Announcements

 

Community
Bulletin Board

Give your opinions or seek answers

Reviewers
Pat and present

Helpers invited!

Resources
How Did I Miss That?

Currently suspended but there are a lot there with sound clips


Composer Resources

British Composers

British Light Music Composers

Other composers

Film Music (Archive)
Film Music on the Web (Closed in December 2006)

Programme Notes
For concert organizers

External sites
British Music Society
The BBC Proms
Orchestra Sites
Recording Companies & Retailers
Online Music
Agents & Marketing
Publishers
Other links
Newsgroups
Web News sites etc

PotPourri
A pot-pourri of articles

MW Listening Room
MW Office

Advice to Windows Vista users  
Questionnaire    
Site History  
What they say about us
What we say about us!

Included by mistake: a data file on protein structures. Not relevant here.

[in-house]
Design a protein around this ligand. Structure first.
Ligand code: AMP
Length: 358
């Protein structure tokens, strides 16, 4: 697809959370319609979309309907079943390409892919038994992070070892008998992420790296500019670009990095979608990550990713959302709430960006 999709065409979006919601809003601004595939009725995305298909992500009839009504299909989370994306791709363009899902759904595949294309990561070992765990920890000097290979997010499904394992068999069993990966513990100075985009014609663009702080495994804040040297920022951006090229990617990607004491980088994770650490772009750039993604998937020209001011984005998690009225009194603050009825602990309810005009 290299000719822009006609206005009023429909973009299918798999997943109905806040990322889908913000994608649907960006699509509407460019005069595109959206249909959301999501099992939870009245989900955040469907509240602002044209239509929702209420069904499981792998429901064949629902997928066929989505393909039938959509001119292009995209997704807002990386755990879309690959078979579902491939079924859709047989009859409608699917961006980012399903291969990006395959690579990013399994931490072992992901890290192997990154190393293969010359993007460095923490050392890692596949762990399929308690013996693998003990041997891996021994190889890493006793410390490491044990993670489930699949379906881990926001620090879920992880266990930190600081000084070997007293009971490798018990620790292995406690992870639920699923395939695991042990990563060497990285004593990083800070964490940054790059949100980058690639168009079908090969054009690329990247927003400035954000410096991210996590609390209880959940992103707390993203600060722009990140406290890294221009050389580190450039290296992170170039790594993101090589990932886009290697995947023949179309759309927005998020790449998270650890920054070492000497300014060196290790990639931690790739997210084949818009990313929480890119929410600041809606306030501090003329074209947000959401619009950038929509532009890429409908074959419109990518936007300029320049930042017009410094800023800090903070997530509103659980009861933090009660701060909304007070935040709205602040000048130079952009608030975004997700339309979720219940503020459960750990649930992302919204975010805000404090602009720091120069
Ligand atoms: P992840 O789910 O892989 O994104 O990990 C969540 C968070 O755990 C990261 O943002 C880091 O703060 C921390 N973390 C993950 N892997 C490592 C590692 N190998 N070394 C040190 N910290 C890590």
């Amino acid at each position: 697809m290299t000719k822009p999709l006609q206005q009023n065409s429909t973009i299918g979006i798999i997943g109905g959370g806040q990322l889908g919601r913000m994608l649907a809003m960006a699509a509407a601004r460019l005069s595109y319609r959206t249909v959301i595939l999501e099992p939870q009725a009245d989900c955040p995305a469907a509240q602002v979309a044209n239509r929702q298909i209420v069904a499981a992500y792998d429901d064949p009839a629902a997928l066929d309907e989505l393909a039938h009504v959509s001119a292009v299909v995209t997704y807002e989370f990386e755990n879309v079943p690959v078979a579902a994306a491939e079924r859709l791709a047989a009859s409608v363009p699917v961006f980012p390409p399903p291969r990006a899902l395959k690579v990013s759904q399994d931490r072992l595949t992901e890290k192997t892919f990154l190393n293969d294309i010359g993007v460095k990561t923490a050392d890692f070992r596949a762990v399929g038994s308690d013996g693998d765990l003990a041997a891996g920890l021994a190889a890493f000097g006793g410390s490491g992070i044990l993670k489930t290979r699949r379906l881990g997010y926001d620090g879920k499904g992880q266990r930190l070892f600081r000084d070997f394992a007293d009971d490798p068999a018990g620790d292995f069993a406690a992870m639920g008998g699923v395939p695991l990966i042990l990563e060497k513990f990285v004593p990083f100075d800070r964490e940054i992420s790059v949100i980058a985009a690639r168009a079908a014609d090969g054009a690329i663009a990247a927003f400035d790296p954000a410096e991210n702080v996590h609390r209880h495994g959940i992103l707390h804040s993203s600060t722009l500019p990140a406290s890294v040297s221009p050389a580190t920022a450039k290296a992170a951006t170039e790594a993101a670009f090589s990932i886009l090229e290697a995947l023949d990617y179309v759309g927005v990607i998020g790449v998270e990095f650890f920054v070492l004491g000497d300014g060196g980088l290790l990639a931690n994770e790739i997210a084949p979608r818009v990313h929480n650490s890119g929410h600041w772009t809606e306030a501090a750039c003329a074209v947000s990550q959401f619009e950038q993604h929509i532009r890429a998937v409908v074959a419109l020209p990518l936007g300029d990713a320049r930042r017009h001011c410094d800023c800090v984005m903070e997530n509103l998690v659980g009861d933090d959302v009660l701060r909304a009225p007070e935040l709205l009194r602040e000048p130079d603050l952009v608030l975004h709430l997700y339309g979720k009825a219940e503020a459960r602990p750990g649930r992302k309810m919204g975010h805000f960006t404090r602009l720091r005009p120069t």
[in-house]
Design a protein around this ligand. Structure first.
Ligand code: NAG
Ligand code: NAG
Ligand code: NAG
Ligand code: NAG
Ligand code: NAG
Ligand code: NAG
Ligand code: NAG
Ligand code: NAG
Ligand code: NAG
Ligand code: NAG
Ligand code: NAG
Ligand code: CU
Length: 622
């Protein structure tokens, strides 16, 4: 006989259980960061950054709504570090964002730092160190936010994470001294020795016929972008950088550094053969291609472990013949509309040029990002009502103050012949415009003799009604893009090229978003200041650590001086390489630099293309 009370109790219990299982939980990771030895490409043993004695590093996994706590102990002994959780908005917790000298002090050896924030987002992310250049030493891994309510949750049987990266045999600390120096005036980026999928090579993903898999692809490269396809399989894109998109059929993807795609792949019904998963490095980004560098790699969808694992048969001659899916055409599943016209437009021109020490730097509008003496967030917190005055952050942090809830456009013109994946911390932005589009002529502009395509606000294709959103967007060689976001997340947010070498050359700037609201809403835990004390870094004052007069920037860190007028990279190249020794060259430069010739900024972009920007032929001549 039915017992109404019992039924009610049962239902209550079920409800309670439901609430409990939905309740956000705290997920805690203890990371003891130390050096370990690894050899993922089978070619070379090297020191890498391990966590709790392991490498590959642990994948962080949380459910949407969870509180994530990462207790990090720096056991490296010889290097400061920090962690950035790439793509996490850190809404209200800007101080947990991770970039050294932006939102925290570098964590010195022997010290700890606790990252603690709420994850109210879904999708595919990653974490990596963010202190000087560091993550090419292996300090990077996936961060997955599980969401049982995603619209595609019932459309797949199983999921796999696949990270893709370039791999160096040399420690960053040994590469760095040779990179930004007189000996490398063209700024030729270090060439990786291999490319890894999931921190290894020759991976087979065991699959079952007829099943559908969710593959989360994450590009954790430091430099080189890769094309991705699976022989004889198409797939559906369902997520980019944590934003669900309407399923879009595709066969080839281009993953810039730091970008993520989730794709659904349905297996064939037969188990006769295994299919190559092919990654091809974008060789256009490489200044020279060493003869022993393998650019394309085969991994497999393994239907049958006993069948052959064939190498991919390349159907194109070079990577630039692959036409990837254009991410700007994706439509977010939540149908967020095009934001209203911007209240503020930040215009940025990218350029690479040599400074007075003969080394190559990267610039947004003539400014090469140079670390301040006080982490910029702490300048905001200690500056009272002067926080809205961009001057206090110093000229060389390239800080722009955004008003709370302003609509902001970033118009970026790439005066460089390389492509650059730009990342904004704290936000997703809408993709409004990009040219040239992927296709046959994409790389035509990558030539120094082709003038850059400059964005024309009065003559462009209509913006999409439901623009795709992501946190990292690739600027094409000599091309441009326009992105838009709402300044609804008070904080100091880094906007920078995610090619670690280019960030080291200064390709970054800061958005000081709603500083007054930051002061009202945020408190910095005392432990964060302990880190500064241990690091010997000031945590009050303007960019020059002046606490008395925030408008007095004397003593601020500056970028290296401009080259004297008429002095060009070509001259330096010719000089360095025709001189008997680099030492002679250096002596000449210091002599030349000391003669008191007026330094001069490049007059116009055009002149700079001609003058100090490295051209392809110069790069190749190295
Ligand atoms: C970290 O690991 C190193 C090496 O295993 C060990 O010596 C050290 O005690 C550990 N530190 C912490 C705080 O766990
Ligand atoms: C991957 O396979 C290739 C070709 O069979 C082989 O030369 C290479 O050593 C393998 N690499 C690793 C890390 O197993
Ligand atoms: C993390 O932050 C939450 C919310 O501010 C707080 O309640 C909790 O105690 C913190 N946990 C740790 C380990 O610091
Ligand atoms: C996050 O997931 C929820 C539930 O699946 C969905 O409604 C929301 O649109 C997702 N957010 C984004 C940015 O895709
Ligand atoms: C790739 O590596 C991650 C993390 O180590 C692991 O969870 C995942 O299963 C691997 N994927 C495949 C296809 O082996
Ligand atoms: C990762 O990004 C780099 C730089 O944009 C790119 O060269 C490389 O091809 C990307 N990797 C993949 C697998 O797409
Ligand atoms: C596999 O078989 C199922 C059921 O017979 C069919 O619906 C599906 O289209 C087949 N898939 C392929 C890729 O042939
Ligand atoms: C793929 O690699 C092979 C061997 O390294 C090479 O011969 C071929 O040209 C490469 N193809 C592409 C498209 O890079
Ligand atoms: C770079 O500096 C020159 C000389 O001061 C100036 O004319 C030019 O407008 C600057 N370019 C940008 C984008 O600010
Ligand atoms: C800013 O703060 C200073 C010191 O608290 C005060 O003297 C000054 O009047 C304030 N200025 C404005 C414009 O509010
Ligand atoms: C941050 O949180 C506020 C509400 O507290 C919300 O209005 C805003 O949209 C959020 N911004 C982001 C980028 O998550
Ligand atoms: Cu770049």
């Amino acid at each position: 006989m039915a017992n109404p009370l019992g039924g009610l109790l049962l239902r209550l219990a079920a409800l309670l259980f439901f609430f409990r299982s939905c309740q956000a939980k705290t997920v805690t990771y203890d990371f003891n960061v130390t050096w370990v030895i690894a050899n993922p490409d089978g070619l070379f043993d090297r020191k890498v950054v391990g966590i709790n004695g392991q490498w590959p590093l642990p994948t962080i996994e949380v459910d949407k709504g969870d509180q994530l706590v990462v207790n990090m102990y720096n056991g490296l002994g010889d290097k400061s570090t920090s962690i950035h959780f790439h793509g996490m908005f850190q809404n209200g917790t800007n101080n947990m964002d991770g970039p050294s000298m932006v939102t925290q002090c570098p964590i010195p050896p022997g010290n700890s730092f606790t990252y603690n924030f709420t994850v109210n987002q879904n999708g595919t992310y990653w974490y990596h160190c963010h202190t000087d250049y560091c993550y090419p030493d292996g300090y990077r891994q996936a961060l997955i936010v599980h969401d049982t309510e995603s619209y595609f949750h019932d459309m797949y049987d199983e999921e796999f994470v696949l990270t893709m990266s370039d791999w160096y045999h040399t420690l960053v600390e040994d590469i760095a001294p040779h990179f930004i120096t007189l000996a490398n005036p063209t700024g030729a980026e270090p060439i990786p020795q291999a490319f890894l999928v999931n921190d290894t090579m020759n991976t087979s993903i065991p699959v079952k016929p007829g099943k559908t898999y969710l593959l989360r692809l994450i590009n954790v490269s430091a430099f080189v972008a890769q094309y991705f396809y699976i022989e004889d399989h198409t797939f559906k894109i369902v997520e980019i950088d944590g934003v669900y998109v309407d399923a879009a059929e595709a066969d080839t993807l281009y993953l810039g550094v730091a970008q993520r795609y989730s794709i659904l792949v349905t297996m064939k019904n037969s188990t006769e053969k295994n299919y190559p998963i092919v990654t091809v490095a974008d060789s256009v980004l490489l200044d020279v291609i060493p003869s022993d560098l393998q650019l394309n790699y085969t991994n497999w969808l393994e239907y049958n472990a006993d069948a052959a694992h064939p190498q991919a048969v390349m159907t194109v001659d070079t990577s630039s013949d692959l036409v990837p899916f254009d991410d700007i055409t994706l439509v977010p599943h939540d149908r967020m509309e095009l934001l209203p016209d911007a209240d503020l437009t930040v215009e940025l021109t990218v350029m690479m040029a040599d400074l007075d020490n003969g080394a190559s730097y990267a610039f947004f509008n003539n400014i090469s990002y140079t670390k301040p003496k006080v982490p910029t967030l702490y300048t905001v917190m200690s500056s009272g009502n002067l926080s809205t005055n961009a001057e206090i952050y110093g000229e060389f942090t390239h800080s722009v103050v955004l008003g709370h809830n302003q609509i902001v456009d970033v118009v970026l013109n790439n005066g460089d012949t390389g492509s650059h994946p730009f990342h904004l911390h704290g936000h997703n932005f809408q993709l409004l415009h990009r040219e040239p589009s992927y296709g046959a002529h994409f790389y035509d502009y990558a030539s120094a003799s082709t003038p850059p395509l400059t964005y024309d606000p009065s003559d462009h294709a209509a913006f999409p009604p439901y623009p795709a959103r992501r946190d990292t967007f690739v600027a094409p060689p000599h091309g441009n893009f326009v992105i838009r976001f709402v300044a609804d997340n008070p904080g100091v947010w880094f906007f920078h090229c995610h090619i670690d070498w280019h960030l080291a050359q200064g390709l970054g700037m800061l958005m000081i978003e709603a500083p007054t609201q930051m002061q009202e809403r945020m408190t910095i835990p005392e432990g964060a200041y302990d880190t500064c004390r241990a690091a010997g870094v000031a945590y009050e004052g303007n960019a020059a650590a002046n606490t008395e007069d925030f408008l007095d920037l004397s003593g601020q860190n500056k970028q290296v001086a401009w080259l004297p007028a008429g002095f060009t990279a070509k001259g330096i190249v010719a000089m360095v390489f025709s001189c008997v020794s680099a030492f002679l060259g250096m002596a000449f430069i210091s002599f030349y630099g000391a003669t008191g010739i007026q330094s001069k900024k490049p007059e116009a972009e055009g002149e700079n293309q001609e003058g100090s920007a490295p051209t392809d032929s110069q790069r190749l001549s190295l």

Where to get help on the Internet
CD orders By Special Request
Graphics archive
Currency Converter
Dictionary
Magazines
Newsfeed  
Web Ring
Translation Service

Rules for potential reviewers :-)
Do Not Go Here!
April Fools




Return to Review Index

Untitled Document


Reviews from previous months
Join the mailing list and receive a hyperlinked weekly update on the discs reviewed. details
We welcome feedback on our reviews. Please use the Bulletin Board
Please paste in the first line of your comments the URL of the review to which you refer.